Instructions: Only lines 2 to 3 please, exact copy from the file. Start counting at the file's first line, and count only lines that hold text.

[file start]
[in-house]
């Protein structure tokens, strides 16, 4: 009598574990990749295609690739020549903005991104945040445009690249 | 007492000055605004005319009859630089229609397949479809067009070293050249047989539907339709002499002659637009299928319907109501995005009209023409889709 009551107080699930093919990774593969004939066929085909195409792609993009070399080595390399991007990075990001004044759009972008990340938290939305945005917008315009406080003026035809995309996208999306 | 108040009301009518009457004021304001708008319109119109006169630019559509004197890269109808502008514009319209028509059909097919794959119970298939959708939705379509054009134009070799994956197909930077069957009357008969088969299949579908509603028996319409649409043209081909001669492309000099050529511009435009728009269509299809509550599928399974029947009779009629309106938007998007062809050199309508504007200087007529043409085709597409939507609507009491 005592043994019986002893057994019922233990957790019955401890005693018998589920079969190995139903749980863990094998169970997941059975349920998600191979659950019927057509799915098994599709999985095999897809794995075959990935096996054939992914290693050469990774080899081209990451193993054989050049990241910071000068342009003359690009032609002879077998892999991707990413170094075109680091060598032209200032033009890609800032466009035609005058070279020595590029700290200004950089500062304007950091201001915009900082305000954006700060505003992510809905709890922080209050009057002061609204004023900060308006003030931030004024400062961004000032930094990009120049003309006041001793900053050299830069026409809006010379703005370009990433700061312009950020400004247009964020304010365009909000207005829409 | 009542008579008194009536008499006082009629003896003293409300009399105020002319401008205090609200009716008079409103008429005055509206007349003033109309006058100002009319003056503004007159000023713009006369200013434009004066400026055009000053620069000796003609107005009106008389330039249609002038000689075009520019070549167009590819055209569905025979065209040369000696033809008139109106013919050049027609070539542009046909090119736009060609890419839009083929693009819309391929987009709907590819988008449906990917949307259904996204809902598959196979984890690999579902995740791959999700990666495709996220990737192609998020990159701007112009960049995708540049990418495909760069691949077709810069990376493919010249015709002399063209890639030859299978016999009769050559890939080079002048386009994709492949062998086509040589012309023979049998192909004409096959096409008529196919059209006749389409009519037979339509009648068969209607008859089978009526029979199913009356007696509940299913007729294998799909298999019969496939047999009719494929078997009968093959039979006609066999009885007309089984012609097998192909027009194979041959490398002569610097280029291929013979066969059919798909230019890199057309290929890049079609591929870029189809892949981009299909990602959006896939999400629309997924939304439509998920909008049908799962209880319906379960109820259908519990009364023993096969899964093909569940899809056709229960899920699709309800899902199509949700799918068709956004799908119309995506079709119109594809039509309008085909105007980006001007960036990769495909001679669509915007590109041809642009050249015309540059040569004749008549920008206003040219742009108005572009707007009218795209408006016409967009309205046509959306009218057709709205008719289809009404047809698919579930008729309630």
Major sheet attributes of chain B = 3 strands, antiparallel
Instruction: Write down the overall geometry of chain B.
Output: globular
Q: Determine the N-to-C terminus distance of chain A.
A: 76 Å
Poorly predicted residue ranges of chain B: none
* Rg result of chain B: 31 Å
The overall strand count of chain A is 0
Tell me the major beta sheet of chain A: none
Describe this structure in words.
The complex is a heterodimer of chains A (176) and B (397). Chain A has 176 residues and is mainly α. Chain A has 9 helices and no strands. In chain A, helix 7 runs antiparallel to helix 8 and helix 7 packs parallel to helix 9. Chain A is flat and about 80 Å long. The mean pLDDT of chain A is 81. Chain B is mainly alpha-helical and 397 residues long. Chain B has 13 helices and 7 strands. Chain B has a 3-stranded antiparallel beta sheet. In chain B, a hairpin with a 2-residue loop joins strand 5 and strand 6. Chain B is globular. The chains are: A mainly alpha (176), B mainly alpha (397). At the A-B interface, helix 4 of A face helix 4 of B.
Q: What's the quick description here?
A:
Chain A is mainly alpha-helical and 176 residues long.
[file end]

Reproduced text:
């Protein structure tokens, strides 16, 4: 009598574990990749295609690739020549903005991104945040445009690249 | 007492000055605004005319009859630089229609397949479809067009070293050249047989539907339709002499002659637009299928319907109501995005009209023409889709 009551107080699930093919990774593969004939066929085909195409792609993009070399080595390399991007990075990001004044759009972008990340938290939305945005917008315009406080003026035809995309996208999306 | 108040009301009518009457004021304001708008319109119109006169630019559509004197890269109808502008514009319209028509059909097919794959119970298939959708939705379509054009134009070799994956197909930077069957009357008969088969299949579908509603028996319409649409043209081909001669492309000099050529511009435009728009269509299809509550599928399974029947009779009629309106938007998007062809050199309508504007200087007529043409085709597409939507609507009491 005592043994019986002893057994019922233990957790019955401890005693018998589920079969190995139903749980863990094998169970997941059975349920998600191979659950019927057509799915098994599709999985095999897809794995075959990935096996054939992914290693050469990774080899081209990451193993054989050049990241910071000068342009003359690009032609002879077998892999991707990413170094075109680091060598032209200032033009890609800032466009035609005058070279020595590029700290200004950089500062304007950091201001915009900082305000954006700060505003992510809905709890922080209050009057002061609204004023900060308006003030931030004024400062961004000032930094990009120049003309006041001793900053050299830069026409809006010379703005370009990433700061312009950020400004247009964020304010365009909000207005829409 | 009542008579008194009536008499006082009629003896003293409300009399105020002319401008205090609200009716008079409103008429005055509206007349003033109309006058100002009319003056503004007159000023713009006369200013434009004066400026055009000053620069000796003609107005009106008389330039249609002038000689075009520019070549167009590819055209569905025979065209040369000696033809008139109106013919050049027609070539542009046909090119736009060609890419839009083929693009819309391929987009709907590819988008449906990917949307259904996204809902598959196979984890690999579902995740791959999700990666495709996220990737192609998020990159701007112009960049995708540049990418495909760069691949077709810069990376493919010249015709002399063209890639030859299978016999009769050559890939080079002048386009994709492949062998086509040589012309023979049998192909004409096959096409008529196919059209006749389409009519037979339509009648068969209607008859089978009526029979199913009356007696509940299913007729294998799909298999019969496939047999009719494929078997009968093959039979006609066999009885007309089984012609097998192909027009194979041959490398002569610097280029291929013979066969059919798909230019890199057309290929890049079609591929870029189809892949981009299909990602959006896939999400629309997924939304439509998920909008049908799962209880319906379960109820259908519990009364023993096969899964093909569940899809056709229960899920699709309800899902199509949700799918068709956004799908119309995506079709119109594809039509309008085909105007980006001007960036990769495909001679669509915007590109041809642009050249015309540059040569004749008549920008206003040219742009108005572009707007009218795209408006016409967009309205046509959306009218057709709205008719289809009404047809698919579930008729309630």
Major sheet attributes of chain B = 3 strands, antiparallel